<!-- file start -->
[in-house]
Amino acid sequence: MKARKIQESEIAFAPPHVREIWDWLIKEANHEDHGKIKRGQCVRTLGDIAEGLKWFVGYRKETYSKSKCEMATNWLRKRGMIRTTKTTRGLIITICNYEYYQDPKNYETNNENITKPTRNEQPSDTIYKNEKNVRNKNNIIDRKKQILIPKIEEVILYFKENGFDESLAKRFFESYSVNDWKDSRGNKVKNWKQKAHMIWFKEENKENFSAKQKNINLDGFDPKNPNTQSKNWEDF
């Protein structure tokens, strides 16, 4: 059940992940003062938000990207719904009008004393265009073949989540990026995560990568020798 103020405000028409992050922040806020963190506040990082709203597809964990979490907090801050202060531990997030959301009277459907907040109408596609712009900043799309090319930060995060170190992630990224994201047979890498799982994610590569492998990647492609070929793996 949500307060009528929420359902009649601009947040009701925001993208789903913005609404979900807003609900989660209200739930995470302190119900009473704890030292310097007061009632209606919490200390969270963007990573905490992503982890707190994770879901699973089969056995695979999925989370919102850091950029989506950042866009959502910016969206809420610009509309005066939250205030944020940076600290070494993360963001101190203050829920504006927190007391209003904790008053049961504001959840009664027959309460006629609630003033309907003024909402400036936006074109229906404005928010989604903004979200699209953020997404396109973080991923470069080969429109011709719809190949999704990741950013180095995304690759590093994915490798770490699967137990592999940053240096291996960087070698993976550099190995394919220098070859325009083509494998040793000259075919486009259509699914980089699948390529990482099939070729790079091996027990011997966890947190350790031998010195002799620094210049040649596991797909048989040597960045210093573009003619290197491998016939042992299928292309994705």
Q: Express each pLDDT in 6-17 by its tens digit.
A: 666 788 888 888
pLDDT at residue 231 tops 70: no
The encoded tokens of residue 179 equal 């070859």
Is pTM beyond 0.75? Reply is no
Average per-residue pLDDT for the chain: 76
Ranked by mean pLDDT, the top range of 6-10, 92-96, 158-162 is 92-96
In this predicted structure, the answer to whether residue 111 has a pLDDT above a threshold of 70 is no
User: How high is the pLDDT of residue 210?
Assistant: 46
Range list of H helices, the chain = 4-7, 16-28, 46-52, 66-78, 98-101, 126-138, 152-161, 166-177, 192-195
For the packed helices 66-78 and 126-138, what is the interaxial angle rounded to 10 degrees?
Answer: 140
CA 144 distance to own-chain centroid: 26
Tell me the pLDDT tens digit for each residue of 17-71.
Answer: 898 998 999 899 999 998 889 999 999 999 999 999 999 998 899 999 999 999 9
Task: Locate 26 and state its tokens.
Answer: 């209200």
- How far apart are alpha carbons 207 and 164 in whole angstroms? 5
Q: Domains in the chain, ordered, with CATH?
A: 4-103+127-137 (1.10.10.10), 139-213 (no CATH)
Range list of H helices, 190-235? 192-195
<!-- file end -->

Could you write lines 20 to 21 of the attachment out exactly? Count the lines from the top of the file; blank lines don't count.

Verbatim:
Task: Locate 26 and state its tokens.
Answer: 């209200």